Zimbabwe reviews implementation of TB Preventive Therapy
By Vivian Mugarisi
The Ministry of Health and Child Care (MoHCC) in collaboration with the World Health Organization (WHO) supported an external review of programmatic management of TB Preventive Therapy (TPT) in Zimbabwe from 5-8 July 2022. This review is an opportunity for the country to have a deeper understanding of lessons learnt so far in implementation of TPT to inform future strategies and further accelerate the rollout. The process is also an opportunity for the country to share best practices with other countries across the globe. The review, being done with funding from UNITAID, brought together TB experts, from key partners and researchers who include Aurum Institute, Clinton Health Access Initiative (CHAI), Elizabeth Glaser Paediatric Foundation (EGPAF), Jointed Hands, Rehabilitation and Prevention of Tuberculosis (RAPT), Stop TB Partnership Zimbabwe, The Union Zimbabwe Trust.
The Government of Zimbabwe through MoHCC, introduced shorter regimens for TPT in 2020. This was done to ensure that high risk people who include people living with HIV (PLWHIV), children below the age of 15 years and all contacts of confirmed TB patients have access to shorter and safer TB preventive therapy to prevent them from developing TB disease. Zimbabwe is also one of the countries that adopted and adapted the new WHO consolidated guidelines on tuberculosis: Module 1: Prevention: tuberculosis preventive treatment. Furthermore, the country has been identified as one of the countries in the world that has shown impressive progress in the rollout of shorter TPT. W Funding support for the implementation of TPT in Zimbabwe is also coming the Global Fund, PEPFAR, USCDC, UNITAID and USAID among other partners
Zimbabwe is one of the countries heavily burdened by TB, TB/HIV and Multi-Drug Resistant TB (MDR-TB). Just over a tenth (11.58%) of the country’s adults are living with HIV and the TB estimated incidence was 193/100,000 people in 2020. TB is also primarily an HIV-driven epidemic with TB/HIV co- infection rate in Zimbabwe estimated to be 54% in 2020.
“We are grateful to the support provided by donor organizations and technical partners. The review is an opportunity for the country to take stock of this important intervention to re-strategize and to further accelerate the roll out plan for TB Preventive Therapy,” said Dr Charles Sandy, MoHCC Deputy Director AIDS and TB Programmes.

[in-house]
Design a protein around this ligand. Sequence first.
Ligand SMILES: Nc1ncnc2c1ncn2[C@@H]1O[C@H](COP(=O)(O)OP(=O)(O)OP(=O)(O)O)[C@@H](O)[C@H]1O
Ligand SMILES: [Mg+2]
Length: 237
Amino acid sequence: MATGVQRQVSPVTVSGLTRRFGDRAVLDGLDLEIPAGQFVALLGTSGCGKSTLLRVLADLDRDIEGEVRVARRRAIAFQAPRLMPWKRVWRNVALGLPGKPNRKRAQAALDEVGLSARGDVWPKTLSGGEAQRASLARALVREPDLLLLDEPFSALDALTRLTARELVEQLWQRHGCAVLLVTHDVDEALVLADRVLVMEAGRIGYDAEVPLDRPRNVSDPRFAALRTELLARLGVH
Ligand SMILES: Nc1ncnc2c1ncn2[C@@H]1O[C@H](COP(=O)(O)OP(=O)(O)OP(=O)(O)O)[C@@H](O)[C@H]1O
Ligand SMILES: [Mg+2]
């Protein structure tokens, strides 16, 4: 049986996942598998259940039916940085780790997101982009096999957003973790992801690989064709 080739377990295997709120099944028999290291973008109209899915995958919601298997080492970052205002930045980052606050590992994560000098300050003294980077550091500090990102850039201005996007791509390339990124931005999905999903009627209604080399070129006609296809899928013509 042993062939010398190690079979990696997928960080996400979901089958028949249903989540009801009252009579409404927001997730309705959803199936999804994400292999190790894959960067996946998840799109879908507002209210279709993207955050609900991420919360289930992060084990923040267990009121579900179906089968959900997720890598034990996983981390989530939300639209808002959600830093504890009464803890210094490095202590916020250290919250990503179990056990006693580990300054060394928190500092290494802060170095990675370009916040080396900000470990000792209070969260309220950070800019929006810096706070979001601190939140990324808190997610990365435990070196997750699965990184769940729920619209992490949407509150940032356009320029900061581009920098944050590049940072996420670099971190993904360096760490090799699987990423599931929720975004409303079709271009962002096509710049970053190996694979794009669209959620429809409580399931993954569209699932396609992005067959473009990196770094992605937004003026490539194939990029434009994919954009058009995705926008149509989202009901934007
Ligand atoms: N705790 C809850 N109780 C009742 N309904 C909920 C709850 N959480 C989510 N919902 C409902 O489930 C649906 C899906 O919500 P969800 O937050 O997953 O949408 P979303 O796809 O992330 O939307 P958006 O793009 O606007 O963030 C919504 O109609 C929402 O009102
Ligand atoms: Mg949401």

Following the review, a report will be produced that will help Zimbabwe develop an action plan to further strengthen the roll out of TB preventive therapy.
Clinton Health Access Initiative (CHAI) Zimbabwe representative, Nicole Kawaza, highlighted the importance of increasing investments across the TB continuum of care for household contacts of TB patients through strengthening contact investigation efforts as an entry point to TB treatment and TB Preventative Therapy.
“Platforms such as the PMTPT review reaffirm the importance of TPT as prevention of TB disease is often easier, faster and less expensive that the remedial action of TB treatment,” she said.
At the first-ever UN High Level Meeting on Tuberculosis (UNHLM on TB), on held 26 September 2018, one of the major commitments was to rapidly scale up access to testing and treatment of TB infection and provide 30 million individuals with TB preventive treatment (TPT). WHO has since then consolidated its guidelines for programmatic management of TPT and recommended the use of shorter TPT regimens that facilitate uptake, particularly the 3 month weekly regimen of isoniazid and rifapentine (3HP) and 3 month daily regimen of isoniazid and rifampicin (3RH). Before the shorter treatment options, the standard regimen required a minimum of 6 months of INH, but its effectiveness has been limited by poor completion rates caused by long treatment duration and side effects.
“The review will assist the country to enlist key bottlenecks in expansion and national scale up of TPT services such as funding, human resources, health worker capacity, procurement and supply chain management and identify areas for strengthening of programmatic management of TPT at different levels in Zimbabwe,” said Dr Avinash Kanchar, Medical Officer in TB Prevention, Treatment, Care & Innovation unit of the WHO Global TB Programme in Geneva.
Email: mugarisiv [at] who.int
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